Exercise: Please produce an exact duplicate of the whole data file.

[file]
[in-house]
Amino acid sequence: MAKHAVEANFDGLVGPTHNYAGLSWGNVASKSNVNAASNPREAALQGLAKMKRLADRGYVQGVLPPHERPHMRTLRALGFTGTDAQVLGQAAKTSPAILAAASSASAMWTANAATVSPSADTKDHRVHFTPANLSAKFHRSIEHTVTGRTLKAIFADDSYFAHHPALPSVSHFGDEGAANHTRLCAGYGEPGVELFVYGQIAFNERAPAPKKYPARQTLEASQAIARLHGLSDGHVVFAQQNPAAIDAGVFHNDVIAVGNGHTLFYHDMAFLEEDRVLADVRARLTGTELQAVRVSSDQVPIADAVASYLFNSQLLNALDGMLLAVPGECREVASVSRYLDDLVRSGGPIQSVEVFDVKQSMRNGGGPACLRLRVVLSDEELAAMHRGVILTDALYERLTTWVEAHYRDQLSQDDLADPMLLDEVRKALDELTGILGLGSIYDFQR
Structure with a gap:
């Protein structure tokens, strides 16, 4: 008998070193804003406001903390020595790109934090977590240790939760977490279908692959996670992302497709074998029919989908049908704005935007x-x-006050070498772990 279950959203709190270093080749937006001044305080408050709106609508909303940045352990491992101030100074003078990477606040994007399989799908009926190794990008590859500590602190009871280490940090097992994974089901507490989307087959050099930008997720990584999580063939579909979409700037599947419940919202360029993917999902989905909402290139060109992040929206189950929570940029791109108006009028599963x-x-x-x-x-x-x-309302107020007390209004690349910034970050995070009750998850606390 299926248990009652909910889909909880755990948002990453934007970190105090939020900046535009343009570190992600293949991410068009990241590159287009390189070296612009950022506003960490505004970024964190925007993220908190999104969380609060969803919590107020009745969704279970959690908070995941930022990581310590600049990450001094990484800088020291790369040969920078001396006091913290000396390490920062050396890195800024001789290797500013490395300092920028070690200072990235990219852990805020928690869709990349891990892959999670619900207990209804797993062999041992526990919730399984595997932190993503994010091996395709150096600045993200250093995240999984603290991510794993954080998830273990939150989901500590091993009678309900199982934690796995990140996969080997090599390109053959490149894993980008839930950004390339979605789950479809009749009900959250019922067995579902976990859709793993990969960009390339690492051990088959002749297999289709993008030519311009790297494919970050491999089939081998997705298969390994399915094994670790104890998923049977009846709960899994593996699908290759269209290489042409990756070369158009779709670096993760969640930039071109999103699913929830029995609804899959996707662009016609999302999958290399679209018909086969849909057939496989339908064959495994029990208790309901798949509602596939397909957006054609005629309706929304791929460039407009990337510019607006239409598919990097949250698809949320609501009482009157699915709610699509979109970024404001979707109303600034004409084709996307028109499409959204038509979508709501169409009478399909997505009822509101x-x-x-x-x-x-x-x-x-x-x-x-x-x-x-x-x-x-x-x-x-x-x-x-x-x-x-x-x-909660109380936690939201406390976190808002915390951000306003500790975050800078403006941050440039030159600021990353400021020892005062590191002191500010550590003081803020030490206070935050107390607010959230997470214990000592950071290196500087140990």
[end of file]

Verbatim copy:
[in-house]
Amino acid sequence: MAKHAVEANFDGLVGPTHNYAGLSWGNVASKSNVNAASNPREAALQGLAKMKRLADRGYVQGVLPPHERPHMRTLRALGFTGTDAQVLGQAAKTSPAILAAASSASAMWTANAATVSPSADTKDHRVHFTPANLSAKFHRSIEHTVTGRTLKAIFADDSYFAHHPALPSVSHFGDEGAANHTRLCAGYGEPGVELFVYGQIAFNERAPAPKKYPARQTLEASQAIARLHGLSDGHVVFAQQNPAAIDAGVFHNDVIAVGNGHTLFYHDMAFLEEDRVLADVRARLTGTELQAVRVSSDQVPIADAVASYLFNSQLLNALDGMLLAVPGECREVASVSRYLDDLVRSGGPIQSVEVFDVKQSMRNGGGPACLRLRVVLSDEELAAMHRGVILTDALYERLTTWVEAHYRDQLSQDDLADPMLLDEVRKALDELTGILGLGSIYDFQR
Structure with a gap:
């Protein structure tokens, strides 16, 4: 008998070193804003406001903390020595790109934090977590240790939760977490279908692959996670992302497709074998029919989908049908704005935007x-x-006050070498772990 279950959203709190270093080749937006001044305080408050709106609508909303940045352990491992101030100074003078990477606040994007399989799908009926190794990008590859500590602190009871280490940090097992994974089901507490989307087959050099930008997720990584999580063939579909979409700037599947419940919202360029993917999902989905909402290139060109992040929206189950929570940029791109108006009028599963x-x-x-x-x-x-x-309302107020007390209004690349910034970050995070009750998850606390 299926248990009652909910889909909880755990948002990453934007970190105090939020900046535009343009570190992600293949991410068009990241590159287009390189070296612009950022506003960490505004970024964190925007993220908190999104969380609060969803919590107020009745969704279970959690908070995941930022990581310590600049990450001094990484800088020291790369040969920078001396006091913290000396390490920062050396890195800024001789290797500013490395300092920028070690200072990235990219852990805020928690869709990349891990892959999670619900207990209804797993062999041992526990919730399984595997932190993503994010091996395709150096600045993200250093995240999984603290991510794993954080998830273990939150989901500590091993009678309900199982934690796995990140996969080997090599390109053959490149894993980008839930950004390339979605789950479809009749009900959250019922067995579902976990859709793993990969960009390339690492051990088959002749297999289709993008030519311009790297494919970050491999089939081998997705298969390994399915094994670790104890998923049977009846709960899994593996699908290759269209290489042409990756070369158009779709670096993760969640930039071109999103699913929830029995609804899959996707662009016609999302999958290399679209018909086969849909057939496989339908064959495994029990208790309901798949509602596939397909957006054609005629309706929304791929460039407009990337510019607006239409598919990097949250698809949320609501009482009157699915709610699509979109970024404001979707109303600034004409084709996307028109499409959204038509979508709501169409009478399909997505009822509101x-x-x-x-x-x-x-x-x-x-x-x-x-x-x-x-x-x-x-x-x-x-x-x-x-x-x-x-x-909660109380936690939201406390976190808002915390951000306003500790975050800078403006941050440039030159600021990353400021020892005062590191002191500010550590003081803020030490206070935050107390607010959230997470214990000592950071290196500087140990």